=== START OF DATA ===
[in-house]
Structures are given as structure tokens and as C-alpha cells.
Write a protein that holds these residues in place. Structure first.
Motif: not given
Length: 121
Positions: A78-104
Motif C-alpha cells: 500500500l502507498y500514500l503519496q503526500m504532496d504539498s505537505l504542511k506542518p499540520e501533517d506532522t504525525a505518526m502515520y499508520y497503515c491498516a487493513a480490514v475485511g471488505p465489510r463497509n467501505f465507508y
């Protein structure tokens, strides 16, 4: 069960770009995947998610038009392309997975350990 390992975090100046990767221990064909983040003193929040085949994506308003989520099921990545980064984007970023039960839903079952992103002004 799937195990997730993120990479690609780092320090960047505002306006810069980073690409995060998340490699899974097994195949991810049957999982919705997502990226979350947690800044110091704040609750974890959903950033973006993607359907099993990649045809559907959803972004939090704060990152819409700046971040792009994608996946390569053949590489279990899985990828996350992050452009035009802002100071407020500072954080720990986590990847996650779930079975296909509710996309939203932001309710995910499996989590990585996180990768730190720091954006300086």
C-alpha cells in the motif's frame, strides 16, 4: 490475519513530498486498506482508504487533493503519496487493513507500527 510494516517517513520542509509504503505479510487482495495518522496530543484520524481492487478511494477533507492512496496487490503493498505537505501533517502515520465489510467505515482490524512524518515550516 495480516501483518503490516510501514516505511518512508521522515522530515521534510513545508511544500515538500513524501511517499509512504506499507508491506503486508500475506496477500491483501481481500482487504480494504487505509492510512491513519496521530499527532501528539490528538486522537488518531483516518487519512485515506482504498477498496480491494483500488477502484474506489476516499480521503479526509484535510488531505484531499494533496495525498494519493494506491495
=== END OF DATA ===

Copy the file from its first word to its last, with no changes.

[in-house]
Structures are given as structure tokens and as C-alpha cells.
Write a protein that holds these residues in place. Structure first.
Motif: not given
Length: 121
Positions: A78-104
Motif C-alpha cells: 500500500l502507498y500514500l503519496q503526500m504532496d504539498s505537505l504542511k506542518p499540520e501533517d506532522t504525525a505518526m502515520y499508520y497503515c491498516a487493513a480490514v475485511g471488505p465489510r463497509n467501505f465507508y
């Protein structure tokens, strides 16, 4: 069960770009995947998610038009392309997975350990 390992975090100046990767221990064909983040003193929040085949994506308003989520099921990545980064984007970023039960839903079952992103002004 799937195990997730993120990479690609780092320090960047505002306006810069980073690409995060998340490699899974097994195949991810049957999982919705997502990226979350947690800044110091704040609750974890959903950033973006993607359907099993990649045809559907959803972004939090704060990152819409700046971040792009994608996946390569053949590489279990899985990828996350992050452009035009802002100071407020500072954080720990986590990847996650779930079975296909509710996309939203932001309710995910499996989590990585996180990768730190720091954006300086």
C-alpha cells in the motif's frame, strides 16, 4: 490475519513530498486498506482508504487533493503519496487493513507500527 510494516517517513520542509509504503505479510487482495495518522496530543484520524481492487478511494477533507492512496496487490503493498505537505501533517502515520465489510467505515482490524512524518515550516 495480516501483518503490516510501514516505511518512508521522515522530515521534510513545508511544500515538500513524501511517499509512504506499507508491506503486508500475506496477500491483501481481500482487504480494504487505509492510512491513519496521530499527532501528539490528538486522537488518531483516518487519512485515506482504498477498496480491494483500488477502484474506489476516499480521503479526509484535510488531505484531499494533496495525498494519493494506491495